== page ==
American Dreams explores the evolution and multiple meanings of “the American Dream,” inviting students to consider how the concept has changed over time, which groups have—and have not—been included in the dream, and how rhetoric has enabled the dreams of a few to be shared by millions.
The first "narrative history" traces the thread that binds the dreams and aspirations of most Americans together, exploring shared history and sacred texts--the Constitution and the Declaration of Independence--in search of the origins of these ideas.
THE STORY: Made up of eighteen monologues and divided into six segments (fantasies, nightmares, hallucinations, sweet dreams, broken reveries and visions), the play uses the voices of real people to convey, with striking effectiveness, a sense of w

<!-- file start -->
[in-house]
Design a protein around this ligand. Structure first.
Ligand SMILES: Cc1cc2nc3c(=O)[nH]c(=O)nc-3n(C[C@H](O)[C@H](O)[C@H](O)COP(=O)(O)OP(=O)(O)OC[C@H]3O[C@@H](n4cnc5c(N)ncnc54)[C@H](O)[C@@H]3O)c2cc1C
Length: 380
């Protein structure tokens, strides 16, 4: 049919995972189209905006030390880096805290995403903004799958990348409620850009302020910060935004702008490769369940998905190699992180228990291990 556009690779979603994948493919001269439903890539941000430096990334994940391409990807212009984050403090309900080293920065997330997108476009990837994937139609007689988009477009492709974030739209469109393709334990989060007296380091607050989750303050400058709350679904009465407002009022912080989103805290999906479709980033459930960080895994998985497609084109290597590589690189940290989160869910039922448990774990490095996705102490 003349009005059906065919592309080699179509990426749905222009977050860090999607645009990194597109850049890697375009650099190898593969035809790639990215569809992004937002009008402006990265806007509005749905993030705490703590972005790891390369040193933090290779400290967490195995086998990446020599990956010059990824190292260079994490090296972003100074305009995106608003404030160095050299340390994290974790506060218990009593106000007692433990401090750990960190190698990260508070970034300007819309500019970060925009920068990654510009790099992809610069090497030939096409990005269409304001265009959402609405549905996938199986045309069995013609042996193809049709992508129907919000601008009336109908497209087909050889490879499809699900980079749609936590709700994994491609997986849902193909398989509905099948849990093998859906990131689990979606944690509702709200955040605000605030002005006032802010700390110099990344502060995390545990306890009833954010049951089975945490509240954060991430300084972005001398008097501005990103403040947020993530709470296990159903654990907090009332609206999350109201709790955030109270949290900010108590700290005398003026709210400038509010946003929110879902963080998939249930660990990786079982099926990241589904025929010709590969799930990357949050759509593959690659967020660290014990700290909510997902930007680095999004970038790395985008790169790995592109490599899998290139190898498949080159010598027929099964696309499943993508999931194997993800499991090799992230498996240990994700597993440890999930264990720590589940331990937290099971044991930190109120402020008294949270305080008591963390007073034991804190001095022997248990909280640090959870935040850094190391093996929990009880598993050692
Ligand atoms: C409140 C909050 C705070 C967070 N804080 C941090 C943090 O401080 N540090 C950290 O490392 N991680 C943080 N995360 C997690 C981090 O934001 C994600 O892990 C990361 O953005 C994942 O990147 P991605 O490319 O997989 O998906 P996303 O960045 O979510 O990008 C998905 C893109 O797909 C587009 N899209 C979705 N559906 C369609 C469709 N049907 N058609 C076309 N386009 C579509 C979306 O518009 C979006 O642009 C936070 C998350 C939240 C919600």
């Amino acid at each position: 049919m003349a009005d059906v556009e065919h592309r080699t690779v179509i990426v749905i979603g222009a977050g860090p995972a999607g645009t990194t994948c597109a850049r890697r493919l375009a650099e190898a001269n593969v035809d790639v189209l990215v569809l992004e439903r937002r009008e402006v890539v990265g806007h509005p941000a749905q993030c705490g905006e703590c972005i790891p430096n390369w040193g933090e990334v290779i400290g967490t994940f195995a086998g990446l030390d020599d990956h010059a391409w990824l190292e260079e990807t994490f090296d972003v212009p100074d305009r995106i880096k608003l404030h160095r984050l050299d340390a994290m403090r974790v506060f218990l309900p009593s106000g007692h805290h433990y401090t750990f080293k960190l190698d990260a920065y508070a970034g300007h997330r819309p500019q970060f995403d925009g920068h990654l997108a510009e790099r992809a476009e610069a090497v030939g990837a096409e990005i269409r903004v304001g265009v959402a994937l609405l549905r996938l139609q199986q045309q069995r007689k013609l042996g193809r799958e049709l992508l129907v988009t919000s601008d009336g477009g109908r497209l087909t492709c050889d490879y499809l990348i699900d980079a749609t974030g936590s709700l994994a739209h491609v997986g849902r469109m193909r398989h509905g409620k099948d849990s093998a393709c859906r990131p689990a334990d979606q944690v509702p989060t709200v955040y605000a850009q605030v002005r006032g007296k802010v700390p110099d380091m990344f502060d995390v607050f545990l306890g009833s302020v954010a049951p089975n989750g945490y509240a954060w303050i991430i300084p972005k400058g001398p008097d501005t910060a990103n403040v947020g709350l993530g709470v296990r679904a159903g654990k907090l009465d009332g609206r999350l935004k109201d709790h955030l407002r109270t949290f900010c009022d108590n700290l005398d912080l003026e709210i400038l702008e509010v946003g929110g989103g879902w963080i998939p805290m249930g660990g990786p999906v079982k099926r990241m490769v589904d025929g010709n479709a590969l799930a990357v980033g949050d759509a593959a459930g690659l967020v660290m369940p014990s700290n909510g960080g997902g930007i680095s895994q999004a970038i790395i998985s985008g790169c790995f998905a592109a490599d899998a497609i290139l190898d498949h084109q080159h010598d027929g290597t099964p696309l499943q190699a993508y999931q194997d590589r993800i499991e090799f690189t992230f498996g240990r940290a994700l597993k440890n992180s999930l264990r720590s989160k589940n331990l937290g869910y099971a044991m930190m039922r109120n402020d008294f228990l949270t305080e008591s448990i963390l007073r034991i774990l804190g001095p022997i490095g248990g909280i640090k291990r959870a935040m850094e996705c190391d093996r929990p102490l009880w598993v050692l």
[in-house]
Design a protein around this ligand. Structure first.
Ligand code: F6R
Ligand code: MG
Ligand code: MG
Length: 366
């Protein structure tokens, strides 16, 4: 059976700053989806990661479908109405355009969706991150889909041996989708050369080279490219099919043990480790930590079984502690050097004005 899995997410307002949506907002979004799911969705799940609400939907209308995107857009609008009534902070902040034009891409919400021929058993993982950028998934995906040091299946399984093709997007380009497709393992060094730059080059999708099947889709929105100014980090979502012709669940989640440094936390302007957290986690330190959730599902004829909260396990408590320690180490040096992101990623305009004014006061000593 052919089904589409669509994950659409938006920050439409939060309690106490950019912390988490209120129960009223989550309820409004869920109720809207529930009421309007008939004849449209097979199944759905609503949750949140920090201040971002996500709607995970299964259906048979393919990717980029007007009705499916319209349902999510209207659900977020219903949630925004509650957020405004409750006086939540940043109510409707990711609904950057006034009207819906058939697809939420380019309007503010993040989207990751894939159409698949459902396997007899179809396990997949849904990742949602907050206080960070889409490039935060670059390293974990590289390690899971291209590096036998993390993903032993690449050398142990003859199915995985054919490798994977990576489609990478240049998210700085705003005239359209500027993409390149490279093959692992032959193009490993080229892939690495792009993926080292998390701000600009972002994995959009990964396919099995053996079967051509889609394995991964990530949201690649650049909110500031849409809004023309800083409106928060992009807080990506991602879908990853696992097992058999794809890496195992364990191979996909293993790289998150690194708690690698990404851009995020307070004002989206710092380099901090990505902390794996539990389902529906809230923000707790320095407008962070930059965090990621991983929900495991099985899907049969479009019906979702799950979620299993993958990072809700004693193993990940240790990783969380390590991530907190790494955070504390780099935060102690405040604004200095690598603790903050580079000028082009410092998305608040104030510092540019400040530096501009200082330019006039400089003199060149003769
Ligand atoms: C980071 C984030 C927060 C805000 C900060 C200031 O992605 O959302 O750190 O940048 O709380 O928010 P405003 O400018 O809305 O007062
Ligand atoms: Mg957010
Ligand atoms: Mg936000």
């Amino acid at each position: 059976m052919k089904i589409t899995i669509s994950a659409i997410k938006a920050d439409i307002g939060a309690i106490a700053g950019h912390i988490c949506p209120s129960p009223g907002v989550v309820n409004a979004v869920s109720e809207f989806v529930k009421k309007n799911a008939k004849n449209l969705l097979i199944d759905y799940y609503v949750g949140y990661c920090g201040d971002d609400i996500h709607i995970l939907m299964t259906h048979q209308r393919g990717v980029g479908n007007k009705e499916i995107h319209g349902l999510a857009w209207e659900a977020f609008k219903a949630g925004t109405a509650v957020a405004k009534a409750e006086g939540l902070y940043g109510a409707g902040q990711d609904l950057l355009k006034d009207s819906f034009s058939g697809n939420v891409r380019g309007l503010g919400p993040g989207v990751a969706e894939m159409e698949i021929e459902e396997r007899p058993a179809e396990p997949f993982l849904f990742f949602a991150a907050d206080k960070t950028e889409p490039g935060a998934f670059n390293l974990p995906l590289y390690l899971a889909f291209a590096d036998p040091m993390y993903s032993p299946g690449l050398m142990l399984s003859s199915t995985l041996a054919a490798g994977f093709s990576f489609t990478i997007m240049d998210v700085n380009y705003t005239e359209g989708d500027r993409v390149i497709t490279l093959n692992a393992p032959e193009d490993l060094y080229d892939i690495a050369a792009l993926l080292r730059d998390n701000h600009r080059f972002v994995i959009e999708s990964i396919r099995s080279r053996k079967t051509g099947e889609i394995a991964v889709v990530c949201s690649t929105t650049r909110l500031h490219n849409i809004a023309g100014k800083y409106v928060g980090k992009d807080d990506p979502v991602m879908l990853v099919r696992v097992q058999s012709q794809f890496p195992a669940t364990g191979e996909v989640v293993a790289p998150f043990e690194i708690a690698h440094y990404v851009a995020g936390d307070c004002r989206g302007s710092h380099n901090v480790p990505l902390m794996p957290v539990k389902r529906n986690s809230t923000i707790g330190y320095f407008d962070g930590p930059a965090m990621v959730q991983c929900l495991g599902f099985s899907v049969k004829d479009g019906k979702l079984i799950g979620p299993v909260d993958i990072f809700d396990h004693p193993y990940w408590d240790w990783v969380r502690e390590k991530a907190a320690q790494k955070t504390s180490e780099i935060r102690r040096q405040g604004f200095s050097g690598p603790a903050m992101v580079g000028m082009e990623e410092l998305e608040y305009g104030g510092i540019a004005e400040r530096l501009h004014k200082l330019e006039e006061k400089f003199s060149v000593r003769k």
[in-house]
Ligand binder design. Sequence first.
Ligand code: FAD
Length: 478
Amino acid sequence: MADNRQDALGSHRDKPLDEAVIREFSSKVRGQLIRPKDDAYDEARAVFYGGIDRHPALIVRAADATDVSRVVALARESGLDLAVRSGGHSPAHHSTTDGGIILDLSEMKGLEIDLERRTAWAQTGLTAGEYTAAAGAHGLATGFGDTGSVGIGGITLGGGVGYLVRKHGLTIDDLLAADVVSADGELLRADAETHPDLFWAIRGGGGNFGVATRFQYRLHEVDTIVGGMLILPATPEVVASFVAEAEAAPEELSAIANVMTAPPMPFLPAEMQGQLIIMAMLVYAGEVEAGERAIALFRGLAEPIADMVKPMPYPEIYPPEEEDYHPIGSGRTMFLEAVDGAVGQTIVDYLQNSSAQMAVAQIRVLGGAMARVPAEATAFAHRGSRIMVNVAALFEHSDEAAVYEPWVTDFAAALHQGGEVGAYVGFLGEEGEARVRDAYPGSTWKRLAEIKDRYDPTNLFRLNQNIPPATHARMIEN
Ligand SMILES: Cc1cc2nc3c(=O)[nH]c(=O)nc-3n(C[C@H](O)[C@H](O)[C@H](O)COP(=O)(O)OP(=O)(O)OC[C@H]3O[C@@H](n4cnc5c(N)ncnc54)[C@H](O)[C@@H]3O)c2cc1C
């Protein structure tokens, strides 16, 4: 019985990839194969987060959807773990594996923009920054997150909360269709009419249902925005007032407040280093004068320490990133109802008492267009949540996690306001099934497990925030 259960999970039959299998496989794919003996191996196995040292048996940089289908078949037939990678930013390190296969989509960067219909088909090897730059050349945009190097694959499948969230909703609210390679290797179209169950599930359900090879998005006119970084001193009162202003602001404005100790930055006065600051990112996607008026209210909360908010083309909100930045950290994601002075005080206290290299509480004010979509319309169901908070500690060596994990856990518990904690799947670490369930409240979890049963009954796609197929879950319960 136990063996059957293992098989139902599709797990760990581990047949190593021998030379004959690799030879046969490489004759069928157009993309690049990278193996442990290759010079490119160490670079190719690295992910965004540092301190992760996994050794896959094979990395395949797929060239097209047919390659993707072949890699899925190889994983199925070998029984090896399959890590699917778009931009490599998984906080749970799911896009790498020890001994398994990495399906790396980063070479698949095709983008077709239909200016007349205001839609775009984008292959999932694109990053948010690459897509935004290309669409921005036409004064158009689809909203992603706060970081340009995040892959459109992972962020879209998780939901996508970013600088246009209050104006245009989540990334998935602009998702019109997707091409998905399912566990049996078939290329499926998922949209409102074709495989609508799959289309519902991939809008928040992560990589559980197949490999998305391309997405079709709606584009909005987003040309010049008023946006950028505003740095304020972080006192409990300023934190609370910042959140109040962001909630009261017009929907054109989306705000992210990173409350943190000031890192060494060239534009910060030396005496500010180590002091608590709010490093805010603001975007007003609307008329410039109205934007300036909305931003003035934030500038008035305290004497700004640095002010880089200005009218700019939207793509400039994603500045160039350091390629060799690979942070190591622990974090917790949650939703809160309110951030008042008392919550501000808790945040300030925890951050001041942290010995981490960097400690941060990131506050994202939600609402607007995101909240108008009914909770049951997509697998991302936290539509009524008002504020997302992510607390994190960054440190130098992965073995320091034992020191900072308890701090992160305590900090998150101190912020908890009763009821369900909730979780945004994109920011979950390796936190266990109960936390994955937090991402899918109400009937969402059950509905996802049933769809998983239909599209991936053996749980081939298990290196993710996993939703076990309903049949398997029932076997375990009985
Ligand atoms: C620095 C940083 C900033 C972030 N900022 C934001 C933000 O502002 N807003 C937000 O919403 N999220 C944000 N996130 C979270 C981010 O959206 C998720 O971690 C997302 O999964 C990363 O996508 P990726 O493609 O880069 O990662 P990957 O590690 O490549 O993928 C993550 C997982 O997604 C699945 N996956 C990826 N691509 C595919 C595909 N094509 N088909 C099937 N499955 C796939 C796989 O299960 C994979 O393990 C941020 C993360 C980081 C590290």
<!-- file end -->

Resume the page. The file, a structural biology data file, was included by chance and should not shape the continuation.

The fascinating story of the rise of Asian Americans as a politically and socially influential racial group This groundbreaking book is about the transformation of Asian Americans from a few small, disconnected, and largely invisible ethnic groups into a self-identified racial group that is influencing every aspect of American society. It explores the junctures that shocked Asian Americans into motion and shaped a new consciousness, including the murder of Vincent Chin, a Chinese American, by two white autoworkers who believed he was Japanese; the apartheid-like working conditions of Filipinos in the Alaska canneries; the boycott of Korean American greengrocers in Brooklyn; the Los Angeles riots; and the casting of non-Asians in the Broadway musical Miss Saigon. The book also examines the rampant stereotypes of Asian Americans. Helen Zia, the daughter of Chinese immigrants, was born in the 1950s when there were only 150,000 Chinese Americans in the entire country, and she writes as a personal witness to the dramatic changes involving Asian Americans. Written for both Asian Americans -- the fastest-growing population in the United States -- and non-Asians, Asian American Dreams argues that America can no longer afford to ignore these emergent, vital, and singular American people.